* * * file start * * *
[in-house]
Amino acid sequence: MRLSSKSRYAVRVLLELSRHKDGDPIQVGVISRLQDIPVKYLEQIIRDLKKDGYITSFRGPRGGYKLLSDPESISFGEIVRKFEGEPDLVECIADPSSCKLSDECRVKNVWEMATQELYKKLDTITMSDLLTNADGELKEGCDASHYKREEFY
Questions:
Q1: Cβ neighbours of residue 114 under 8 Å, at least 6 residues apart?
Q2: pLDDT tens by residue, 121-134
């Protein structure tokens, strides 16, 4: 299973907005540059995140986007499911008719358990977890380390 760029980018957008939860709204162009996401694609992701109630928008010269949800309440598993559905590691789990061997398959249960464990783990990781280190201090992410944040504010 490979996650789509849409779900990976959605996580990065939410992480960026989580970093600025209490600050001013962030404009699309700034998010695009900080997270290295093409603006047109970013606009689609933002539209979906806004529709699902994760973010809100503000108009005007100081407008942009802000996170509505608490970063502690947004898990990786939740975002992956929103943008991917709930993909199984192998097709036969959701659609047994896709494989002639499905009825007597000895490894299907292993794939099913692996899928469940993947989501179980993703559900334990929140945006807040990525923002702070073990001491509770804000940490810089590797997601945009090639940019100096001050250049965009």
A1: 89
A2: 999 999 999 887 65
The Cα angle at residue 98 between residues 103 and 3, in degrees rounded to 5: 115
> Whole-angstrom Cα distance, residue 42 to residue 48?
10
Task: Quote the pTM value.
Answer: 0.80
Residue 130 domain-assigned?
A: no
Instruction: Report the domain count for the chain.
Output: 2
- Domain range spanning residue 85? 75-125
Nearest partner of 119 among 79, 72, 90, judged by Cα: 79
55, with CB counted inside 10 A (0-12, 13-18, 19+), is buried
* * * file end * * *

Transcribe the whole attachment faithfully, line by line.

[in-house]
Amino acid sequence: MRLSSKSRYAVRVLLELSRHKDGDPIQVGVISRLQDIPVKYLEQIIRDLKKDGYITSFRGPRGGYKLLSDPESISFGEIVRKFEGEPDLVECIADPSSCKLSDECRVKNVWEMATQELYKKLDTITMSDLLTNADGELKEGCDASHYKREEFY
Questions:
Q1: Cβ neighbours of residue 114 under 8 Å, at least 6 residues apart?
Q2: pLDDT tens by residue, 121-134
């Protein structure tokens, strides 16, 4: 299973907005540059995140986007499911008719358990977890380390 760029980018957008939860709204162009996401694609992701109630928008010269949800309440598993559905590691789990061997398959249960464990783990990781280190201090992410944040504010 490979996650789509849409779900990976959605996580990065939410992480960026989580970093600025209490600050001013962030404009699309700034998010695009900080997270290295093409603006047109970013606009689609933002539209979906806004529709699902994760973010809100503000108009005007100081407008942009802000996170509505608490970063502690947004898990990786939740975002992956929103943008991917709930993909199984192998097709036969959701659609047994896709494989002639499905009825007597000895490894299907292993794939099913692996899928469940993947989501179980993703559900334990929140945006807040990525923002702070073990001491509770804000940490810089590797997601945009090639940019100096001050250049965009």
A1: 89
A2: 999 999 999 887 65
The Cα angle at residue 98 between residues 103 and 3, in degrees rounded to 5: 115
> Whole-angstrom Cα distance, residue 42 to residue 48?
10
Task: Quote the pTM value.
Answer: 0.80
Residue 130 domain-assigned?
A: no
Instruction: Report the domain count for the chain.
Output: 2
- Domain range spanning residue 85? 75-125
Nearest partner of 119 among 79, 72, 90, judged by Cα: 79
55, with CB counted inside 10 A (0-12, 13-18, 19+), is buried